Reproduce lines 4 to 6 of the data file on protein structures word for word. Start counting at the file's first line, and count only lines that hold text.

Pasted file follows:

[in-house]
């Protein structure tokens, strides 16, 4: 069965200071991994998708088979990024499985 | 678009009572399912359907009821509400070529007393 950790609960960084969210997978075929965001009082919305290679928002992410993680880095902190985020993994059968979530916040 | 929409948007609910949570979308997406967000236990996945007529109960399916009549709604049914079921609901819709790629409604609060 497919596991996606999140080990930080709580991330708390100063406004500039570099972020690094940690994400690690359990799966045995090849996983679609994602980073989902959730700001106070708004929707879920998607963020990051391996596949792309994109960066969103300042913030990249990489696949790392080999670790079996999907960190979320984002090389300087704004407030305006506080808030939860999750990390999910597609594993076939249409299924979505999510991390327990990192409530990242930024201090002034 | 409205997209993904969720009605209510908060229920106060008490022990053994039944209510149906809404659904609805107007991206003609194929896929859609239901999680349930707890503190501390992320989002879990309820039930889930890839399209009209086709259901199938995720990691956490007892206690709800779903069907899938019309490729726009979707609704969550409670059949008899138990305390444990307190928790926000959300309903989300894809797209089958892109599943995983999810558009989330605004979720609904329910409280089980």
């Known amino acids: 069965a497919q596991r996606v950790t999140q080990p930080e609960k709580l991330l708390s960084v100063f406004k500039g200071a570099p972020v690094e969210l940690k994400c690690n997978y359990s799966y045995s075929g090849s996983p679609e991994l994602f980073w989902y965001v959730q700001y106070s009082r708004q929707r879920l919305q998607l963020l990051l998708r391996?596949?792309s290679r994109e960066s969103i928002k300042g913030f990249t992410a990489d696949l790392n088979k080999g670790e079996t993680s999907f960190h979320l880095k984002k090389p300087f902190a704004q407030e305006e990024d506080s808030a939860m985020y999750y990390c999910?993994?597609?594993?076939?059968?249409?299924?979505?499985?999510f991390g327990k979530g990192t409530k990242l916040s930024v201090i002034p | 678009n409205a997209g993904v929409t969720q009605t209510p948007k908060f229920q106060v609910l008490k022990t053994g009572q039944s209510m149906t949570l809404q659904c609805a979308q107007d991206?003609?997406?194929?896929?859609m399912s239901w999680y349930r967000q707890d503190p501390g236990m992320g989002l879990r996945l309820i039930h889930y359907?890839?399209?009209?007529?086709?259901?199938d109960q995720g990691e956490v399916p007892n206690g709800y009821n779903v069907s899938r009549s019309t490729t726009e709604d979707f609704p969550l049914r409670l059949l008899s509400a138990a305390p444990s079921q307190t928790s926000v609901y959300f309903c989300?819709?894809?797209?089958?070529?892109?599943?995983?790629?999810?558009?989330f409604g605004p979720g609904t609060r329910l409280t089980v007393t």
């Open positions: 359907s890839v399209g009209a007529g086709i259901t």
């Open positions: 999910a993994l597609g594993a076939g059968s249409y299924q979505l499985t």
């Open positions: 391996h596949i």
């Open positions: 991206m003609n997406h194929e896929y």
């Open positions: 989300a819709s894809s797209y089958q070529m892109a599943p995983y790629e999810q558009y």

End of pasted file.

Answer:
């Open positions: 359907s890839v399209g009209a007529g086709i259901t």
């Open positions: 999910a993994l597609g594993a076939g059968s249409y299924q979505l499985t």
């Open positions: 391996h596949i």